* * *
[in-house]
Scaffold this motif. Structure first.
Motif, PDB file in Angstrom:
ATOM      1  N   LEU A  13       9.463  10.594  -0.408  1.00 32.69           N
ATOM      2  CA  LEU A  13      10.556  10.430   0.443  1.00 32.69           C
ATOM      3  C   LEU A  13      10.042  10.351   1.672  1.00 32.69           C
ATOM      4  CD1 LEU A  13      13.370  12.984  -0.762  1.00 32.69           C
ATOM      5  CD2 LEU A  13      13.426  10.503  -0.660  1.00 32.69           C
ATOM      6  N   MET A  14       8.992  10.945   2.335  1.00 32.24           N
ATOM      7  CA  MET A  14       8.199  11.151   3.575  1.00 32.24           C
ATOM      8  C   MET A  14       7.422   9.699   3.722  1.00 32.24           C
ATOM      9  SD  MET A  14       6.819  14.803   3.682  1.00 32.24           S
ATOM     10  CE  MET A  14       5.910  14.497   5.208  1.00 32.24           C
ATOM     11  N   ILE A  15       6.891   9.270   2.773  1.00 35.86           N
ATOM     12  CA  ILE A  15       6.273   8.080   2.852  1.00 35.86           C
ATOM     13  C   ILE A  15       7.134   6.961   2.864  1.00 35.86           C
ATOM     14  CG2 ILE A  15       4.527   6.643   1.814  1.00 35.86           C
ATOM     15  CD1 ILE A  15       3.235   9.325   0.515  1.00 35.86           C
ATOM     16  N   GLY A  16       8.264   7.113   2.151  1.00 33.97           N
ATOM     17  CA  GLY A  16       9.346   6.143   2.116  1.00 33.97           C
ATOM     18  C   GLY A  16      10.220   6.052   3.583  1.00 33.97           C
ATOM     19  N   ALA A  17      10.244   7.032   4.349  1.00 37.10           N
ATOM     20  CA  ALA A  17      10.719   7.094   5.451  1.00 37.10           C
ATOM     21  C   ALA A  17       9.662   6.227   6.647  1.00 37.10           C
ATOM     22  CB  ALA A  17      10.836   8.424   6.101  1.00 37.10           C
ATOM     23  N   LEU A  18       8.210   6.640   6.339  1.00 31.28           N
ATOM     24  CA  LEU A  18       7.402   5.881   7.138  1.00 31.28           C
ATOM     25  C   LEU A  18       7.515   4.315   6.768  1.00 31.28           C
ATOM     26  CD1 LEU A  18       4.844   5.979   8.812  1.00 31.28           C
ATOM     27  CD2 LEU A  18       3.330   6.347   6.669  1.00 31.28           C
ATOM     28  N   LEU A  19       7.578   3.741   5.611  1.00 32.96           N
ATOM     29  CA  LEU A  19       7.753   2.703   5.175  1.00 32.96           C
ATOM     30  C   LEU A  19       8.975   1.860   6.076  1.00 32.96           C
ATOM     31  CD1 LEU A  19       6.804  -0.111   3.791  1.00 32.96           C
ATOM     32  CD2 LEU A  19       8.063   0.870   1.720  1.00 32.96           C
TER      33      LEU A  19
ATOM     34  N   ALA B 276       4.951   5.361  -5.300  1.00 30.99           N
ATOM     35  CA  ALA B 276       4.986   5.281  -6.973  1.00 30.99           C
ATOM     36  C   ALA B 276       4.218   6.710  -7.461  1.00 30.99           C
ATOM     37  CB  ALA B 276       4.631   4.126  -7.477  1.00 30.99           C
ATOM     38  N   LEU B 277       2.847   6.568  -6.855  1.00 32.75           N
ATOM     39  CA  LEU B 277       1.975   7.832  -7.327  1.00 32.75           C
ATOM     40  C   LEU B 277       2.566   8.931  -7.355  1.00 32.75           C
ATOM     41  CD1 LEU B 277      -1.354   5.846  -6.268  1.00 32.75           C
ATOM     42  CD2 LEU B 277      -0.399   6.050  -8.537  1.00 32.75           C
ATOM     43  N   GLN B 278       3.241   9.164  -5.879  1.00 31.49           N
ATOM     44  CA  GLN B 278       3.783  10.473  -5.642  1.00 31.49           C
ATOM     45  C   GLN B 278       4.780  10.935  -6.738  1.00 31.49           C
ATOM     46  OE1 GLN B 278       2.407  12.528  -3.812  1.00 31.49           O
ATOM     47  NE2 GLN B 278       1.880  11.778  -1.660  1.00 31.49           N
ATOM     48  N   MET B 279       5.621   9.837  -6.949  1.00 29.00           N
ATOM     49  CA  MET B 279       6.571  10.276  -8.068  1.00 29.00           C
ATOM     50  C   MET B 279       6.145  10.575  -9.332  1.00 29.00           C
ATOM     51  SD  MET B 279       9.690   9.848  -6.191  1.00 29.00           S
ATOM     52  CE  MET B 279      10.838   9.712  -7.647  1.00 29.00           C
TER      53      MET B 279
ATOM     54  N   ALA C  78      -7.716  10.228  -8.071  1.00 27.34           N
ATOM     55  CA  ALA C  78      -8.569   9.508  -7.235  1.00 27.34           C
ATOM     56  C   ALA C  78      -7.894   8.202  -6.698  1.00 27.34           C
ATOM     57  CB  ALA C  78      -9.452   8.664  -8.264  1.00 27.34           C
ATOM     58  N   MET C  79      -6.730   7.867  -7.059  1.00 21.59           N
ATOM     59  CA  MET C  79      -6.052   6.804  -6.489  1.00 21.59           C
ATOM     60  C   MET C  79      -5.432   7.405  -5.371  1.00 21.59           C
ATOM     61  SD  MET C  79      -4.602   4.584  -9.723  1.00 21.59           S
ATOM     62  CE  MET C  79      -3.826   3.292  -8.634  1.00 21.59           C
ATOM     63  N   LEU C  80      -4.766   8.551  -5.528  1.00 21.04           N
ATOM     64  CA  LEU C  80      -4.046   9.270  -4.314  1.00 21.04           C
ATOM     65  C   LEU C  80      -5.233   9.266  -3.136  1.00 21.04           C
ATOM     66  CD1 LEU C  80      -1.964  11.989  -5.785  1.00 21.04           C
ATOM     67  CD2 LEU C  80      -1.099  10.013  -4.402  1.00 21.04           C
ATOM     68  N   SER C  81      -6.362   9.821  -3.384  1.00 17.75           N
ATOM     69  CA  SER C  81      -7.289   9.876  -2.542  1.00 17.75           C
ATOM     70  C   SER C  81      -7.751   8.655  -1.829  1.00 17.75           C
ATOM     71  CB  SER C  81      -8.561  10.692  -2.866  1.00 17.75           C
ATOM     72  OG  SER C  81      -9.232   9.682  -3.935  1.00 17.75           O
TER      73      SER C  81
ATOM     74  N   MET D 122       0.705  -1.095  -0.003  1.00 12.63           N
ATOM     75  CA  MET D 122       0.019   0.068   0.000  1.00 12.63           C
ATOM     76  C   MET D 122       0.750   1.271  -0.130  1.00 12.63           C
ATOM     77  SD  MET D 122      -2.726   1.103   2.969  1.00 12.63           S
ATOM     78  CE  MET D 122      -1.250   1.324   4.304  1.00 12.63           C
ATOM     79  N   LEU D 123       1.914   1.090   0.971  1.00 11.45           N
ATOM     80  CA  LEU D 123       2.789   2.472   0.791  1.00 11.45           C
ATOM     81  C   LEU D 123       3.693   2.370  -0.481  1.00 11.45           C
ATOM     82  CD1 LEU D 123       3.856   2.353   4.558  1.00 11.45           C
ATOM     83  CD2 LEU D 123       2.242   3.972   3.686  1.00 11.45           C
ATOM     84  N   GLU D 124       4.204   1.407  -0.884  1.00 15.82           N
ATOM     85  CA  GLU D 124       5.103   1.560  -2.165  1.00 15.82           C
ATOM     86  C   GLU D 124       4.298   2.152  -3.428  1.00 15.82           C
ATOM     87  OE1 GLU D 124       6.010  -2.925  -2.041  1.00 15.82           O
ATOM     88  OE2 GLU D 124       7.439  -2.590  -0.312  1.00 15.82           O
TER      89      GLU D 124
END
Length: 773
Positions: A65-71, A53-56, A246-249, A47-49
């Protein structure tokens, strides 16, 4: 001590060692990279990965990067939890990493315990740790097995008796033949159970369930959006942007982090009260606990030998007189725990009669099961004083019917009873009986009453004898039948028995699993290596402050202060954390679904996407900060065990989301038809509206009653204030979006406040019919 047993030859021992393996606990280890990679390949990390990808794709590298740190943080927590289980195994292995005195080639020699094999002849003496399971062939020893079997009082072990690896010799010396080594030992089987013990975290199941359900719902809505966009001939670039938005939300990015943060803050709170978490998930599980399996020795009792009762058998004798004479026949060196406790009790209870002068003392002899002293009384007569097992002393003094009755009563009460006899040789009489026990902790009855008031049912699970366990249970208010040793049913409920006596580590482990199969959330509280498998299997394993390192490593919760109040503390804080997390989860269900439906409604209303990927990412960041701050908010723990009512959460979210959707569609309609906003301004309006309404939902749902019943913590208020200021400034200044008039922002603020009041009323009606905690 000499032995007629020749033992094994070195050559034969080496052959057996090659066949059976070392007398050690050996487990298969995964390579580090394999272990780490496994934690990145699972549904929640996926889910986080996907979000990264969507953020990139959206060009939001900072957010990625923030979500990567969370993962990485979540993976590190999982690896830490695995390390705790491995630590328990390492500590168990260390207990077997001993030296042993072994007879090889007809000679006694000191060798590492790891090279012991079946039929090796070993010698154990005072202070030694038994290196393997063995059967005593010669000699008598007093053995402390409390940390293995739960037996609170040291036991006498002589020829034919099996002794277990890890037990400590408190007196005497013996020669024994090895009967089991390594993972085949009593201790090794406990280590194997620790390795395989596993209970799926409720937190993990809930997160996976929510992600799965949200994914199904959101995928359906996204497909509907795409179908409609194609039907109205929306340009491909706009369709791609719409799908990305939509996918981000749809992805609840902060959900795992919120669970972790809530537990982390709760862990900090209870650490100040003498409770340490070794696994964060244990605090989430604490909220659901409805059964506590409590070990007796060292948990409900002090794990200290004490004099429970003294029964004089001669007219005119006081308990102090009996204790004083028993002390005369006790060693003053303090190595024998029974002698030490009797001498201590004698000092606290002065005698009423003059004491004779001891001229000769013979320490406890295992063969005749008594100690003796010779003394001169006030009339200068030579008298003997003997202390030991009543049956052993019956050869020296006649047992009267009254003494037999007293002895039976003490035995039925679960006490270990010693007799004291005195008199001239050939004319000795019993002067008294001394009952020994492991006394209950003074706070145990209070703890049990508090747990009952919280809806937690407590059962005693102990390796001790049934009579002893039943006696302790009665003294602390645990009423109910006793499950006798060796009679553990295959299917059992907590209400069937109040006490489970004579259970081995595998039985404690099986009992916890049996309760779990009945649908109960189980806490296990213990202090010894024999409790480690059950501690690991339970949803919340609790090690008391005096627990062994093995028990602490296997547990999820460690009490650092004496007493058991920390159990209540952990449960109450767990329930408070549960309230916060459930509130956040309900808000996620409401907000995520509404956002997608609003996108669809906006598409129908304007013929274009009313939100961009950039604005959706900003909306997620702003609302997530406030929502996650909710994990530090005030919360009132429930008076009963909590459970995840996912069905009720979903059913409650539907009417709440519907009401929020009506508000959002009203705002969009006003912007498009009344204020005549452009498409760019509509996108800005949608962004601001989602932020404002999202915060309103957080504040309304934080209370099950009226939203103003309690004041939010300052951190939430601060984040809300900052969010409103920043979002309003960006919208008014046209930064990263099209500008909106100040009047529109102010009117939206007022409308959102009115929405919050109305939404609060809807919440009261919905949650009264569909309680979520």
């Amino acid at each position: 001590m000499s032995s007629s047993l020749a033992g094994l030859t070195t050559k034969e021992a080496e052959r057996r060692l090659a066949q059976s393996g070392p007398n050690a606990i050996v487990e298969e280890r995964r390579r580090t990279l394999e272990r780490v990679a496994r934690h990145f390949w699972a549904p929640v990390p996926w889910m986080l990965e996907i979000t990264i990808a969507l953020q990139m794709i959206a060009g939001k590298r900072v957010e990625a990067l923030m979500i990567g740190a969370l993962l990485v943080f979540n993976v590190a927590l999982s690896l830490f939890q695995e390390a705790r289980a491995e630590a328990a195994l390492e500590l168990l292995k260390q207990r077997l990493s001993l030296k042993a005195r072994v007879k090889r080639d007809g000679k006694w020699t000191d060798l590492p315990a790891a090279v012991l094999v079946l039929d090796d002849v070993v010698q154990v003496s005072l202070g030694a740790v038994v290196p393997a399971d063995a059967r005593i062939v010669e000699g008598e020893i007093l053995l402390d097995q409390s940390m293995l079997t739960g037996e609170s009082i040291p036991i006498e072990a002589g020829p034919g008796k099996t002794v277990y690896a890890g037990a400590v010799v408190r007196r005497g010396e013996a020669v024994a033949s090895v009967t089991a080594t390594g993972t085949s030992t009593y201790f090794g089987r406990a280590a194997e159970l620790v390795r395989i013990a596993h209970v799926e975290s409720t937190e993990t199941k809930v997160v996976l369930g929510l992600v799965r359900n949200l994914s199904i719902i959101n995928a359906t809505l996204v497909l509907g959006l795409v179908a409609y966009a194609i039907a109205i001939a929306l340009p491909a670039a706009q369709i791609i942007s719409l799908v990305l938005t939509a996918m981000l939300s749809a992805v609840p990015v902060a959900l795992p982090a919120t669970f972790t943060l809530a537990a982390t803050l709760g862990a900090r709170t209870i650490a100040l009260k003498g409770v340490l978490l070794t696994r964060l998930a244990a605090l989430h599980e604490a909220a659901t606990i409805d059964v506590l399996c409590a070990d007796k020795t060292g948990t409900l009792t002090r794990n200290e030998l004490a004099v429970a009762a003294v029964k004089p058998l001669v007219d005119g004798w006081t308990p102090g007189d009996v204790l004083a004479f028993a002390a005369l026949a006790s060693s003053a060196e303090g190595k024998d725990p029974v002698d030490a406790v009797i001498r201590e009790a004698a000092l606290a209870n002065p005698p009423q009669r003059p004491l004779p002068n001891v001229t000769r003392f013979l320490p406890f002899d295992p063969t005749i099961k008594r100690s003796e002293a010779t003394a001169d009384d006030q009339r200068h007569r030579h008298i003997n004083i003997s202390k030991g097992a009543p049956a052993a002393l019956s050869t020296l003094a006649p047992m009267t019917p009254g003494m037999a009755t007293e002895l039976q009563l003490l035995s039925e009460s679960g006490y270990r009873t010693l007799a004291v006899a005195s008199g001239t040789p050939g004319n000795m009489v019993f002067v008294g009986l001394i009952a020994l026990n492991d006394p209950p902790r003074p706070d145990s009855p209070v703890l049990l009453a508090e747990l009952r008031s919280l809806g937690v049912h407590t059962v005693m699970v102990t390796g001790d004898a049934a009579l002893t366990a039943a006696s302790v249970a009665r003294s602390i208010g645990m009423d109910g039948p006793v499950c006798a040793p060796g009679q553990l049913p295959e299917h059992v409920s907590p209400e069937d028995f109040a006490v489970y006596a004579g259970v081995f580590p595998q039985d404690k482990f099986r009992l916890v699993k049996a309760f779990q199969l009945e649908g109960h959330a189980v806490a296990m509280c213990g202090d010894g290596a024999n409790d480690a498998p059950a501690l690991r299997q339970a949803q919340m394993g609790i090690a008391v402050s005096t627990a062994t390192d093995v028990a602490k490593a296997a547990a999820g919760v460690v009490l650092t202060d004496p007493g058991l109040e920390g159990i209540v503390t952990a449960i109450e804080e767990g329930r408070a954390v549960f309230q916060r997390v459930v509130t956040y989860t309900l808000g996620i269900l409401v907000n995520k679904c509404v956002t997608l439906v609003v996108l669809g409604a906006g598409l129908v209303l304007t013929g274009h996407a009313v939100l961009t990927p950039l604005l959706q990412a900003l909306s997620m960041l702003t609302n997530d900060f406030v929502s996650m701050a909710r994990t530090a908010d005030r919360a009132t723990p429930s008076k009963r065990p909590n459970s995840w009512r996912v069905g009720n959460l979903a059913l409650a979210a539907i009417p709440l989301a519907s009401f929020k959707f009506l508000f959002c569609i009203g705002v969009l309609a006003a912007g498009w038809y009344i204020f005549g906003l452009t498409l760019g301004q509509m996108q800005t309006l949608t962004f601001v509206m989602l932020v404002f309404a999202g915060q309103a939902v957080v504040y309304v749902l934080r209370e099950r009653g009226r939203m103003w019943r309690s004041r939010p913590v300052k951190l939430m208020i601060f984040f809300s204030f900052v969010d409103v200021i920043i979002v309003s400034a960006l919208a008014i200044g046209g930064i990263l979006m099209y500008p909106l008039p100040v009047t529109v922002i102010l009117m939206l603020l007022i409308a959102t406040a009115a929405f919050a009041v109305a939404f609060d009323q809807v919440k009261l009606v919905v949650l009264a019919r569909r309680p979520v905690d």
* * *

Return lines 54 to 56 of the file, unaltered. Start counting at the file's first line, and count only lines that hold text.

ATOM     51  SD  MET B 279       9.690   9.848  -6.191  1.00 29.00           S
ATOM     52  CE  MET B 279      10.838   9.712  -7.647  1.00 29.00           C
TER      53      MET B 279